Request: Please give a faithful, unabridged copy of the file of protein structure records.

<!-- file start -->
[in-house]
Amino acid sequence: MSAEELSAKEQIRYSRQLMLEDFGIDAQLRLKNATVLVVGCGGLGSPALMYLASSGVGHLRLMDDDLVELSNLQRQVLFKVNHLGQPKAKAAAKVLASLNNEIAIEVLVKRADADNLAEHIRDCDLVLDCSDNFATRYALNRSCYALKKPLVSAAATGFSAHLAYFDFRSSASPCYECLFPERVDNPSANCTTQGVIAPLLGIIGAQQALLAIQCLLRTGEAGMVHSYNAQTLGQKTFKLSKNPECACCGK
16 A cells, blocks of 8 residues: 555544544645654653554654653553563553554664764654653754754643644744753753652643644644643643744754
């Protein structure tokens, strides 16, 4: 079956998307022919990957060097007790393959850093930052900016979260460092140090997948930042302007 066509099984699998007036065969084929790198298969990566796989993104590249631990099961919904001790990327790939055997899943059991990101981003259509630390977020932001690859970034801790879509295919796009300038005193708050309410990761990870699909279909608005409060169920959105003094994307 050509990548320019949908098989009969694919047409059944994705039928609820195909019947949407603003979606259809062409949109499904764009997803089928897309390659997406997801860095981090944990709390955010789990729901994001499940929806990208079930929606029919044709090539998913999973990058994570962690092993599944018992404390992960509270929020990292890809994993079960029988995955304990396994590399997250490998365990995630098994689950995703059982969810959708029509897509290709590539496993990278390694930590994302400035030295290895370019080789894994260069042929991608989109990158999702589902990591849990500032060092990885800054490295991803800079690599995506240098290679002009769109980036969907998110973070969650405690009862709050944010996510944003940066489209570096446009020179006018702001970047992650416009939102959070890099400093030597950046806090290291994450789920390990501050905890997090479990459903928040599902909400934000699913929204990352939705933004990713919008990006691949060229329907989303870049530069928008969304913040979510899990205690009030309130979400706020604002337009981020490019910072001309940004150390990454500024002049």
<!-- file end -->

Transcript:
[in-house]
Amino acid sequence: MSAEELSAKEQIRYSRQLMLEDFGIDAQLRLKNATVLVVGCGGLGSPALMYLASSGVGHLRLMDDDLVELSNLQRQVLFKVNHLGQPKAKAAAKVLASLNNEIAIEVLVKRADADNLAEHIRDCDLVLDCSDNFATRYALNRSCYALKKPLVSAAATGFSAHLAYFDFRSSASPCYECLFPERVDNPSANCTTQGVIAPLLGIIGAQQALLAIQCLLRTGEAGMVHSYNAQTLGQKTFKLSKNPECACCGK
16 A cells, blocks of 8 residues: 555544544645654653554654653553563553554664764654653754754643644744753753652643644644643643744754
């Protein structure tokens, strides 16, 4: 079956998307022919990957060097007790393959850093930052900016979260460092140090997948930042302007 066509099984699998007036065969084929790198298969990566796989993104590249631990099961919904001790990327790939055997899943059991990101981003259509630390977020932001690859970034801790879509295919796009300038005193708050309410990761990870699909279909608005409060169920959105003094994307 050509990548320019949908098989009969694919047409059944994705039928609820195909019947949407603003979606259809062409949109499904764009997803089928897309390659997406997801860095981090944990709390955010789990729901994001499940929806990208079930929606029919044709090539998913999973990058994570962690092993599944018992404390992960509270929020990292890809994993079960029988995955304990396994590399997250490998365990995630098994689950995703059982969810959708029509897509290709590539496993990278390694930590994302400035030295290895370019080789894994260069042929991608989109990158999702589902990591849990500032060092990885800054490295991803800079690599995506240098290679002009769109980036969907998110973070969650405690009862709050944010996510944003940066489209570096446009020179006018702001970047992650416009939102959070890099400093030597950046806090290291994450789920390990501050905890997090479990459903928040599902909400934000699913929204990352939705933004990713919008990006691949060229329907989303870049530069928008969304913040979510899990205690009030309130979400706020604002337009981020490019910072001309940004150390990454500024002049």